Diversity Guides

Brian McNaught's Gay & Transgender Issues in the Workplace Blog

Archive for March, 2013

A Boy in Tokyo Understands

Sunday, March 31st, 2013

The 12-year-old boy in Tokyo asked, "Mommy, why do some Christian people believe that being gay is wrong, and it’s okay to discriminate against them?" The only answer she could think of was, "Because they are stupid and ignorant, and enjoy condemning people who do not fit their narrow definition of ‘right’." But, she knew that answer was as bigoted a response as that of some fundamentalist Christians to gay people, and she didn’t feel it was the best way for him to reply to his Christian cousin who questioned her son’s support of gay marriage.

Having heard me speak to her colleagues about lesbian, gay, bisexual, and transgender workplace issues, the mom e-mailed me and asked for the best response to her son’s question. I complimented her mothering skills, and asked her to thank her son for being such a great ally. I would have preferred to answer his question by saying, "Don’t ever allow religious people, or anyone else, to intimidate you as you find your life’s truths." Instead, the response I suggested she give to his question was, "The Christian people who believe that being gay is wrong interpret the Bible differently from many other religious people. In lots of places in the world, the majority of Christians are very supportive of gay people. Some people quote the Bible to support their fears and biases."

She replied that she and her son were very glad to receive the response. Read more…

Laying an Egg in Another’s Nest

Thursday, March 21st, 2013

To help prepare us for a planned summer on Tupper Lake, our friend Susan sent us the book Adirondack Nature Notes. The book is organized by the months of the year. In the section on June, I was introduced to the cowbird. I didn’t like what I read.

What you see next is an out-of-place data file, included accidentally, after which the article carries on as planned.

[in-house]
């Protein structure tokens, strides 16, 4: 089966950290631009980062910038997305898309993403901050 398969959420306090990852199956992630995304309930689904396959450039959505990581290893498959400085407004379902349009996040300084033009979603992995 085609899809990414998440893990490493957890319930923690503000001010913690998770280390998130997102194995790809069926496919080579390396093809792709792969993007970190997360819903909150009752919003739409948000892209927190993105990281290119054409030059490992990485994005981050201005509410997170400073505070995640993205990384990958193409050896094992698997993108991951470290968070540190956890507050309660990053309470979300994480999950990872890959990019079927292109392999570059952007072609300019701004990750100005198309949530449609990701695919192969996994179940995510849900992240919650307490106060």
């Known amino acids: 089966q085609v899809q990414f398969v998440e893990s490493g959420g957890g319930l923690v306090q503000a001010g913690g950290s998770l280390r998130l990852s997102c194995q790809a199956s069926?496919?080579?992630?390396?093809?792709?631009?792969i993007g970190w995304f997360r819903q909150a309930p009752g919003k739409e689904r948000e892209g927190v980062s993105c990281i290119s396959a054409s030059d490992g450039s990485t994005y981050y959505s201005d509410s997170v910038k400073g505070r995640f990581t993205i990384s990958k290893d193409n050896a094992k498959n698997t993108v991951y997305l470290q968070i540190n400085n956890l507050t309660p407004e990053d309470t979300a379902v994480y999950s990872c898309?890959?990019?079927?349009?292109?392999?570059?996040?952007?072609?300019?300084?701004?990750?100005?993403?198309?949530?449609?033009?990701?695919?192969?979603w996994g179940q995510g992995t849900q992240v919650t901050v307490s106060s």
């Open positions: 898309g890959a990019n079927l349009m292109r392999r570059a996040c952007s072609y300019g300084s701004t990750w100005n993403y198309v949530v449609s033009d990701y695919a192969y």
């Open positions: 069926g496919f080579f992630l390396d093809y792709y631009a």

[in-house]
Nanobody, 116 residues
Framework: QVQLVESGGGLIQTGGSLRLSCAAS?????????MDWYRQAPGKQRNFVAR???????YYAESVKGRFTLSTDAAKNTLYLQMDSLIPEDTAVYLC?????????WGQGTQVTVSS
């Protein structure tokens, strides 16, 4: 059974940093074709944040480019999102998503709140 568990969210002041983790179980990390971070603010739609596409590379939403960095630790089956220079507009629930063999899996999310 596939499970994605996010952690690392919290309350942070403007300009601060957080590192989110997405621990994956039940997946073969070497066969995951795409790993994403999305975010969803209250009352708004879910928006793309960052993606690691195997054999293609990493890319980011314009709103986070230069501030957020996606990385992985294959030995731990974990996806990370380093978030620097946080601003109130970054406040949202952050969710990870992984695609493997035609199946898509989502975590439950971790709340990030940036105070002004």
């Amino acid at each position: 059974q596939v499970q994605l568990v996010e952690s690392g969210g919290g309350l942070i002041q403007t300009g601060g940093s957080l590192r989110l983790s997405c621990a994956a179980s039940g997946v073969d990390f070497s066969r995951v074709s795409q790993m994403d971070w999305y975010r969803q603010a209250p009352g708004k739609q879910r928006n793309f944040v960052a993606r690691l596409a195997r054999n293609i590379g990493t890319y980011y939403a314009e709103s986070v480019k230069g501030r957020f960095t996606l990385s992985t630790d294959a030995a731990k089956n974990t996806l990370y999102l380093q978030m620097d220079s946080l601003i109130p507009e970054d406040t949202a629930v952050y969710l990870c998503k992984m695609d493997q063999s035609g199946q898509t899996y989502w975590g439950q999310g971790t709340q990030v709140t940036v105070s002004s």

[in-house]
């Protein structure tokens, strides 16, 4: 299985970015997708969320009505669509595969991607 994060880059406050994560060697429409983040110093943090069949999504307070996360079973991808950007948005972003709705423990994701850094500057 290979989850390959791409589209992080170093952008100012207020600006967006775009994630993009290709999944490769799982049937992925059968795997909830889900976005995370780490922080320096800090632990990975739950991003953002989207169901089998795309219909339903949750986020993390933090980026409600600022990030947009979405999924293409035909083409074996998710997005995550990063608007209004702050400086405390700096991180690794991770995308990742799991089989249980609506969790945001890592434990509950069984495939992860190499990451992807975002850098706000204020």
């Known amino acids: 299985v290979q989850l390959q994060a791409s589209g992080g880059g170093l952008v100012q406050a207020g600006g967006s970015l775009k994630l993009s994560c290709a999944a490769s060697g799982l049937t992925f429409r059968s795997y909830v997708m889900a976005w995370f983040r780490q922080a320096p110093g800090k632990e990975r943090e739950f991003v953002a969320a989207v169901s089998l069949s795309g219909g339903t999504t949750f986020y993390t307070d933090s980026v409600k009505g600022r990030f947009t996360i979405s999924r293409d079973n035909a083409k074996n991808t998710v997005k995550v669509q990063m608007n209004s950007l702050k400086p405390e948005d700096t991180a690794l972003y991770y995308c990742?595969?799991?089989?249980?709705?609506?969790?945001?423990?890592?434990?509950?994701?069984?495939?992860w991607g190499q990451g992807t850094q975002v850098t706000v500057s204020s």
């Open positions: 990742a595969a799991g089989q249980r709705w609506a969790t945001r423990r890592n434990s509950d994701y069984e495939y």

There is something inherently unjust about the behavior of the cowbird. It reminds me of people who won’t take responsibility for their actions. Ray thinks I’m being too hard on the cowbirds because they’re only following their instincts. Unlike humans, he says, they have to follow their nature with no awareness of choice. Maybe.

Though they are capable of building their own nests, and nurturing their own offspring, cowbirds instead sneak into the nests of other birds and place their egg among those there. Often, they will throw out an existing egg to make room for their own. They do this up to 36 times a season.

Sometimes, the bird whose nest was invaded will destroy the foreign egg, and sometimes it will raise it as its own. If a cowbird sees its egg destroyed, it will often destroy those of the other bird. The cowbird chick demands more food than the other chicks in the nest, and frequently bullies them into starvation. If the cowbird chick survives, it doesn’t take on the characteristics of its foster parents when mature, but rather mimics its mother’s practice of forcing other birds to care for its offspring.

The description of the cowbird’s behavior pushes my buttons. "It isn’t fair," I think. But, is it wrong to be angry at cowbirds if they allegedly can’t help being irresponsible? If so, what about being angry at people who won’t take responsibility for the eggs they lay? Is it in their nature to be selfish? Or do they have choices? Read more…

Killing the Angels

Wednesday, March 6th, 2013

When young Matthew Shepard was tied to a split-rail fence in Laramie, Wyoming, and bludgeoned to death with a gun, some gay people, myself included, referred to it as a "crucifixion." A sacred spirit, or an angel if you will, had been murdered by blind bullies who believed him to be a revolting deviant worthy of destruction. I have long believed that the world’s wise, nurturing, generous, thoughtful, loving, spiritual souls are being senselessly hunted down and destroyed by fearful, ignorant people, like those from Sodom who surrounded the home of Lot with the intention of raping and killing the angels.

Angels are an archetype, a universally accepted symbol of particular qualities or roles. Are gay people truly sacred spirits, or nature’s angels? Read more…